Thursday, June 17, 2010
Fred Hutchinson Cancer Research Center announced this week that it is launching a new online study to help people quit smoking. The study, called WebQuit, is enrolling adult smokers nationwide. Participation is free to eligible individuals.
The goal of WebQuit is to improve the effectiveness of online smoking-cessation programs. Study director Jonathan Bricker, Ph.D., a clinical psychologist who specializes in smoking-cessation research, says that online smoking-cessation programs are improving but still have a very long way to go.
"That old Mark Twain quote that 'quitting smoking is easy - I've done it a thousand times' unfortunately is still very true today despite the plethora of smoking cessation methods available to people," said Bricker, a faculty member in the Cancer Prevention Program in the Hutchinson Center's Public Health Sciences Division.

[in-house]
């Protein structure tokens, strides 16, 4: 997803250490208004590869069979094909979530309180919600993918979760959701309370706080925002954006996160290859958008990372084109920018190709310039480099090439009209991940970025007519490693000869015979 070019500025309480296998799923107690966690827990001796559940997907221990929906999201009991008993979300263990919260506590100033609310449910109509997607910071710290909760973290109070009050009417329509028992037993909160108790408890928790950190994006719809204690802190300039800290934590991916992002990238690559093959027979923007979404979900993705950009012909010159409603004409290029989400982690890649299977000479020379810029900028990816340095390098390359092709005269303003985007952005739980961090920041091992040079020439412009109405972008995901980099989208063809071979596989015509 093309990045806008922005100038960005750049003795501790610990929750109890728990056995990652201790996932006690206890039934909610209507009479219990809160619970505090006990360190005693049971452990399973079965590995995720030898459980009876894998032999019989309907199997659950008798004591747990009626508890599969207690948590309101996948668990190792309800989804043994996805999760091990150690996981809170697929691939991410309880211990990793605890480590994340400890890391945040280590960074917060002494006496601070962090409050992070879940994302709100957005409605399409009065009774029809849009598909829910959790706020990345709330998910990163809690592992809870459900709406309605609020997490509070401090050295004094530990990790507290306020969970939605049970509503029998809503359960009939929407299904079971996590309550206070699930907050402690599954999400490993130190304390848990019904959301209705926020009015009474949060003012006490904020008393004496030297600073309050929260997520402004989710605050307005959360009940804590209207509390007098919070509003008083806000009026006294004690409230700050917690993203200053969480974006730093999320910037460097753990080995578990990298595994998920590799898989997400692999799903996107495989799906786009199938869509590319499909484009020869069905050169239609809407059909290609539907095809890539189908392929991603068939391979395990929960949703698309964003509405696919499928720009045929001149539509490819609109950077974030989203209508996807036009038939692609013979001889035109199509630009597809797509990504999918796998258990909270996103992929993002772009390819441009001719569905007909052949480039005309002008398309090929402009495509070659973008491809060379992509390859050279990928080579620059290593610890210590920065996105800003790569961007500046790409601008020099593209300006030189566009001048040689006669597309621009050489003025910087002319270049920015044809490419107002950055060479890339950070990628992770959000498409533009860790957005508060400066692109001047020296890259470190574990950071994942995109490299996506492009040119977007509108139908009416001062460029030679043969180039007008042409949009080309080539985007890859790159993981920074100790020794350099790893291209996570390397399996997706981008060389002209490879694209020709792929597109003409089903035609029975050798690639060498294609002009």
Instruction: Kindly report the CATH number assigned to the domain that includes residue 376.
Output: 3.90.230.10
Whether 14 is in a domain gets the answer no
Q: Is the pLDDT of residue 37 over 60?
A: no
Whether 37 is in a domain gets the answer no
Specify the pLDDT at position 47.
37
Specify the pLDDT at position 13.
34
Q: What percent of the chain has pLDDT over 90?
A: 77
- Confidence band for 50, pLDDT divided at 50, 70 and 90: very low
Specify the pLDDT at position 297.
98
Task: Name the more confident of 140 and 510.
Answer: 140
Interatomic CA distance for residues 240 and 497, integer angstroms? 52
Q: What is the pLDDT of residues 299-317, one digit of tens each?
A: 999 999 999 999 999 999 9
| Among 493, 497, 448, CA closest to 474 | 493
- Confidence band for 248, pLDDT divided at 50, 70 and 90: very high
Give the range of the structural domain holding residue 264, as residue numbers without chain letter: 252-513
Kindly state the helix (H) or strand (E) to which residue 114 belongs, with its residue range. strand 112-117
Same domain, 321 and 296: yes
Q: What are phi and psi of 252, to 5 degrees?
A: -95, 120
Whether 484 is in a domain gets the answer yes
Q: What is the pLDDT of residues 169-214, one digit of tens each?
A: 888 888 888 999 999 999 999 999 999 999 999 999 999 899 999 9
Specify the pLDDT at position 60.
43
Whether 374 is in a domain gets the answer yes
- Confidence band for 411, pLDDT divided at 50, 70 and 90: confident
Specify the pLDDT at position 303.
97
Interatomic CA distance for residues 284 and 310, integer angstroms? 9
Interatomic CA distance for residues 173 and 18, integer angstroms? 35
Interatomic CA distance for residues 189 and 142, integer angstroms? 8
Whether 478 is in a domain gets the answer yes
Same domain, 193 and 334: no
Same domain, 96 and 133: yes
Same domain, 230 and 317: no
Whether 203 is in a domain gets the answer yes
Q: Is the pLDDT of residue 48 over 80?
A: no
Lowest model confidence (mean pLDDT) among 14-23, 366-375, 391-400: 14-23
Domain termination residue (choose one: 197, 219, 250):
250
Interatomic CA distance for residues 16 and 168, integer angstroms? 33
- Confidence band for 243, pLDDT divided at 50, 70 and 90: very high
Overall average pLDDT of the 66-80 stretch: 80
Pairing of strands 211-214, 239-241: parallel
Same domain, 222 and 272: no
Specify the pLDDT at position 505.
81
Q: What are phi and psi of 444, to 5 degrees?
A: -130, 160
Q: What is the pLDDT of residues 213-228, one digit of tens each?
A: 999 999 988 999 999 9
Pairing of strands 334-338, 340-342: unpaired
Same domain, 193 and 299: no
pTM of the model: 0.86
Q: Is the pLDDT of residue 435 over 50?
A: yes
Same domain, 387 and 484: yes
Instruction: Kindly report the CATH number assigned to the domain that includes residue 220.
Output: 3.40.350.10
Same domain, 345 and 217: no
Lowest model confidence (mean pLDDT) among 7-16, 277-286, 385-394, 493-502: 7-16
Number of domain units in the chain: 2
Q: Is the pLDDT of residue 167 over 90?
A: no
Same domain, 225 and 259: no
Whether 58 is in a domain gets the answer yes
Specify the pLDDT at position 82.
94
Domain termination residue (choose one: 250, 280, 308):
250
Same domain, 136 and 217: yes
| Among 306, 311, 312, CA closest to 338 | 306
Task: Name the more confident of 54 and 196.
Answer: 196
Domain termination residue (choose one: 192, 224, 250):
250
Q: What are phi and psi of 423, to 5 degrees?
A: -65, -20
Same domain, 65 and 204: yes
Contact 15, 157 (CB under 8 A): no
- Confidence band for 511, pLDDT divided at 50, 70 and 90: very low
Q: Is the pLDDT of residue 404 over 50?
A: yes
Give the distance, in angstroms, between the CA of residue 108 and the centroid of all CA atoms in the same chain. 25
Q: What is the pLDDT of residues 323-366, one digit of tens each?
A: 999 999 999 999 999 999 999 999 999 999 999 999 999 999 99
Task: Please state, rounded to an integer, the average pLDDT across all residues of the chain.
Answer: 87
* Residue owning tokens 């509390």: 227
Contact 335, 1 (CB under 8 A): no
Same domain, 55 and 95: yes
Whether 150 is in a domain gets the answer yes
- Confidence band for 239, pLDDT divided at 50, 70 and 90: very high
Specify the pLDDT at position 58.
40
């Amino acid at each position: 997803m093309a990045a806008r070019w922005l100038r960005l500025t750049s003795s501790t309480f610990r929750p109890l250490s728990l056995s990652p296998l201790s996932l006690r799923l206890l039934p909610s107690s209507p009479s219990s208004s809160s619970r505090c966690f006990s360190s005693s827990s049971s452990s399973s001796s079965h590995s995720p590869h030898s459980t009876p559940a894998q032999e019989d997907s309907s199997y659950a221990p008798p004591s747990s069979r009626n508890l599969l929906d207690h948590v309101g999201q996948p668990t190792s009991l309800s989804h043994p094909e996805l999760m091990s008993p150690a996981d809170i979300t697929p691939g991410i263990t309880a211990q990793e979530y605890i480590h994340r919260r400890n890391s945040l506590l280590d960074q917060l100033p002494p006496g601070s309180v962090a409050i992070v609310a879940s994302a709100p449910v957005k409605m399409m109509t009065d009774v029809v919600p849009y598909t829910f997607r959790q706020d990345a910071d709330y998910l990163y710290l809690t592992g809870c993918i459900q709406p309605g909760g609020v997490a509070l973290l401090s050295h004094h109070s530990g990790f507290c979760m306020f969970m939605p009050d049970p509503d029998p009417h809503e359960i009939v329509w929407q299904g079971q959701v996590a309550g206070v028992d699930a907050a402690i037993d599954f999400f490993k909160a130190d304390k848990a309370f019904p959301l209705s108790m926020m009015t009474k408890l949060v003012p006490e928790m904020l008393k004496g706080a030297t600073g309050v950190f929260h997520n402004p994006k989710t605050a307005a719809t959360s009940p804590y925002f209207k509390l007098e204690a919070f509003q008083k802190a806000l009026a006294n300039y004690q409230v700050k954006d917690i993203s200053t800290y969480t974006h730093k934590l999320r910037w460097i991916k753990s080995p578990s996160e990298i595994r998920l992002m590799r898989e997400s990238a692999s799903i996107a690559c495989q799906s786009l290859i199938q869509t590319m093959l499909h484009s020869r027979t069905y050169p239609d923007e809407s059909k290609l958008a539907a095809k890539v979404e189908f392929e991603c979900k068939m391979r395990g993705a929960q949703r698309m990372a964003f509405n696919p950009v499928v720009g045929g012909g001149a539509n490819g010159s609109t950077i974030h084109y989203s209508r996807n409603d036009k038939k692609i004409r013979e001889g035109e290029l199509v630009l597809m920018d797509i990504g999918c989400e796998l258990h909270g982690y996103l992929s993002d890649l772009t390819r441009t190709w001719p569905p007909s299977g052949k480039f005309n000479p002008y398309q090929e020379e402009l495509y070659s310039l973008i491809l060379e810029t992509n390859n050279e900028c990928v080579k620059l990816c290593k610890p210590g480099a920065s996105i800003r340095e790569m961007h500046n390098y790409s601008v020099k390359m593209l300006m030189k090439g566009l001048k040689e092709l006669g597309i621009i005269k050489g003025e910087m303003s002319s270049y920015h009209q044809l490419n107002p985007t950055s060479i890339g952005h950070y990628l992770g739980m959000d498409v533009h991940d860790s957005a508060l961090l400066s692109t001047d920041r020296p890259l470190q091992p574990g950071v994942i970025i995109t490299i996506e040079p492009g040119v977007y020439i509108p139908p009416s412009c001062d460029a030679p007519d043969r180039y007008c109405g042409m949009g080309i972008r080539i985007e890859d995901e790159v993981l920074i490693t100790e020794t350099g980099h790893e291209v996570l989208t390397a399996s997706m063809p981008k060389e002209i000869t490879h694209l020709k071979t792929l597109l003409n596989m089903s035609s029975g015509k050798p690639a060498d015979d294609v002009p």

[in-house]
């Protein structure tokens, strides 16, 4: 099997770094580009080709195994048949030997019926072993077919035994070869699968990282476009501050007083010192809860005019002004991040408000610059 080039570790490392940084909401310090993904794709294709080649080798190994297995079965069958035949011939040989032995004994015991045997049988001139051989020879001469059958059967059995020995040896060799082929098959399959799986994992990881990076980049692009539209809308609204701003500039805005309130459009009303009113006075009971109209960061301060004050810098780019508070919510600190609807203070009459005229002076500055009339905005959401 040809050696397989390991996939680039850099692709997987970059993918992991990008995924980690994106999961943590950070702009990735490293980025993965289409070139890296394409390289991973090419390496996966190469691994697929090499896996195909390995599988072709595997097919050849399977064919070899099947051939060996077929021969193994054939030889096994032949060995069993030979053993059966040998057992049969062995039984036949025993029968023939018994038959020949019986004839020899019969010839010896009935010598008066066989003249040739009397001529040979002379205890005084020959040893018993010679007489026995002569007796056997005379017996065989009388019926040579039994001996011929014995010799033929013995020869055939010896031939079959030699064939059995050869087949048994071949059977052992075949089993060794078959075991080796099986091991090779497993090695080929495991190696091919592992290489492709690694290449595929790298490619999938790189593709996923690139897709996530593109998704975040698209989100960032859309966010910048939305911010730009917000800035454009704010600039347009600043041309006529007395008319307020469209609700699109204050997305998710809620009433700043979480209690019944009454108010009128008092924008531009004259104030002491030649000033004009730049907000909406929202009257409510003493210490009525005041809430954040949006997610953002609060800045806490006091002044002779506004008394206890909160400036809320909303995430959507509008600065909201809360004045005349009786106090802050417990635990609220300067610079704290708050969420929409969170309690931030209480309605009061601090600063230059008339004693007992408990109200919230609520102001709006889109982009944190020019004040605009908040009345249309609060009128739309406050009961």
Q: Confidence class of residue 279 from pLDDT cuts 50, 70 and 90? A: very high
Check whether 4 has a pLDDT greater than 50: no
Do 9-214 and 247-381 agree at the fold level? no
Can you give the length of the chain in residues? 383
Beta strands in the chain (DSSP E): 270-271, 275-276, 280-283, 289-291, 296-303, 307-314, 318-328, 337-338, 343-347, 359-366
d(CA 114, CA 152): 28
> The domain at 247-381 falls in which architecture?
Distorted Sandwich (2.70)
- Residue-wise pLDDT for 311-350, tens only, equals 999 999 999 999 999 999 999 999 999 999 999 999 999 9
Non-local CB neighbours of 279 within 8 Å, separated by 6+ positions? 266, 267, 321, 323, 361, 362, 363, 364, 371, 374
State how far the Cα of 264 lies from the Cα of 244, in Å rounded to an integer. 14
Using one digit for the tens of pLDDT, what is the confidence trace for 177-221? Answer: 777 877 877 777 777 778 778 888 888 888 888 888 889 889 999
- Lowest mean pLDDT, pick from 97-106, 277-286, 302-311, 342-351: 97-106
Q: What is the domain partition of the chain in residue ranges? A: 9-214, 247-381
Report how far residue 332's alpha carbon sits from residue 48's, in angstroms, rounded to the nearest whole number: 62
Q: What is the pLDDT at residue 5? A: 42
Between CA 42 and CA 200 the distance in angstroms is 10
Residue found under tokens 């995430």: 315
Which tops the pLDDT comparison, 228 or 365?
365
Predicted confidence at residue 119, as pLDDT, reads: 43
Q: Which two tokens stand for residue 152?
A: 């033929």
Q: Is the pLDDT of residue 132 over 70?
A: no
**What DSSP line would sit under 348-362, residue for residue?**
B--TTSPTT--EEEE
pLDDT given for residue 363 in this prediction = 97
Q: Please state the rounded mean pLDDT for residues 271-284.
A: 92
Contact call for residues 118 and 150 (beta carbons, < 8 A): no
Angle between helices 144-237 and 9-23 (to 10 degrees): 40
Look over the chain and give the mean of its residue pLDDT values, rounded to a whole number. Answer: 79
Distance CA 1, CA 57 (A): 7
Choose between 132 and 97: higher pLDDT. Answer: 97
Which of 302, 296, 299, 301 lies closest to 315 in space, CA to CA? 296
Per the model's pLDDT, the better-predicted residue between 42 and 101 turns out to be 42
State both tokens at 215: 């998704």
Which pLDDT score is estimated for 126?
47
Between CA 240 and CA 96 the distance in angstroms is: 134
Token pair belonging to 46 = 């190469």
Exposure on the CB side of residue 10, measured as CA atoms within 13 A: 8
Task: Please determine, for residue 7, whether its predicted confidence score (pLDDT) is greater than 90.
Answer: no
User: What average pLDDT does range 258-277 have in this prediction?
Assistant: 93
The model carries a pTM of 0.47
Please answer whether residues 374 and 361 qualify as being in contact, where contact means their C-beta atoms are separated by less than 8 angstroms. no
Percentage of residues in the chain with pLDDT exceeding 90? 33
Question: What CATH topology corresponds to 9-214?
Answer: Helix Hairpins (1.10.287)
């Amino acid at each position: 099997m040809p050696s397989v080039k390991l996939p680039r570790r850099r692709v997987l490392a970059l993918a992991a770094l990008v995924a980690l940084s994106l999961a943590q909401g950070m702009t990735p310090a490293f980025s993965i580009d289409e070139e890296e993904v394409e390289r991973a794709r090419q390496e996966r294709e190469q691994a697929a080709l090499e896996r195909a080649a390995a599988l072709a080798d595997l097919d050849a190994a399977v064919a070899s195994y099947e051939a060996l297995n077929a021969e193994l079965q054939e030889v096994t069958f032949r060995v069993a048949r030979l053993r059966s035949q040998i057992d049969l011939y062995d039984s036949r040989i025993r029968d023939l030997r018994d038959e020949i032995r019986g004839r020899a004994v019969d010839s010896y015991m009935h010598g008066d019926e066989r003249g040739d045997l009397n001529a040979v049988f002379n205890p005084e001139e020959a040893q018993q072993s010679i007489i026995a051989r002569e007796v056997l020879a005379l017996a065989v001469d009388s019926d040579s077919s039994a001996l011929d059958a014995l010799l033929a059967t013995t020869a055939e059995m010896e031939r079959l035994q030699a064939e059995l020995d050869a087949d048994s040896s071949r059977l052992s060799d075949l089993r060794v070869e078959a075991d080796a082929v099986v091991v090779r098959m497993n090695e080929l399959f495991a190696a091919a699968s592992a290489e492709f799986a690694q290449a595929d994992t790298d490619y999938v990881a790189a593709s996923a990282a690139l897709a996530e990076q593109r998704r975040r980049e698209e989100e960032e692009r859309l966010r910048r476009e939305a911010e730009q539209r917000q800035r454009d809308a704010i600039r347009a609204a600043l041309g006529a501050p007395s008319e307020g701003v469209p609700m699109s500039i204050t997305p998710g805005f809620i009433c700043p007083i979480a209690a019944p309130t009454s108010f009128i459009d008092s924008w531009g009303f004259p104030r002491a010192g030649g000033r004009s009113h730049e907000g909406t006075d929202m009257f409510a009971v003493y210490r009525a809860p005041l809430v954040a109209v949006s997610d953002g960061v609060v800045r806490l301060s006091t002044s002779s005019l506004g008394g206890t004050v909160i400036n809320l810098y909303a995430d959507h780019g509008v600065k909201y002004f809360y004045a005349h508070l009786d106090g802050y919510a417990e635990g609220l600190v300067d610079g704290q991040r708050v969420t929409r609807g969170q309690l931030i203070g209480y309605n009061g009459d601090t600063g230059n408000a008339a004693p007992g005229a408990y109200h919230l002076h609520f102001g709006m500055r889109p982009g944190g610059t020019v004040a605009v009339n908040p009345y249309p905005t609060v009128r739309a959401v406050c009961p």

"But I think web-based interventions are the wave of the future, not only because they are generally cheaper than personal therapy but because as a culture we are becoming more reliant on the convenient do-it-yourself options we find online."
Study participants will not be paid, but they will receive interactive tools for dealing more effectively with urges to smoke. They also will receive step-by-step guides for quitting smoking, personalized plans for quitting and staying quit, and electronic links for reaching one-on-one expert help for quitting.
Participants will be randomly assigned by computer (like the tossing of a coin) to one of two online smoking-cessation programs. The success rates of participants will then be compared. He is hopeful that the study will help adults in their quest to kick the habit.
"Our goal is to try to find what works and what doesn't; what to include in these programs and how to improve them so they can become more effective," said Bricker, also a faculty member in the Department of Psychology at the University of Washington.
Involvement in the study will entail completing online questionnaires, including several follow-up surveys. Eligible participants must be at least 18 and not currently participating in other smoking-cessation programs, among other requirements.
To enroll in the WebQuit study or for more information, visit www.webquit.com.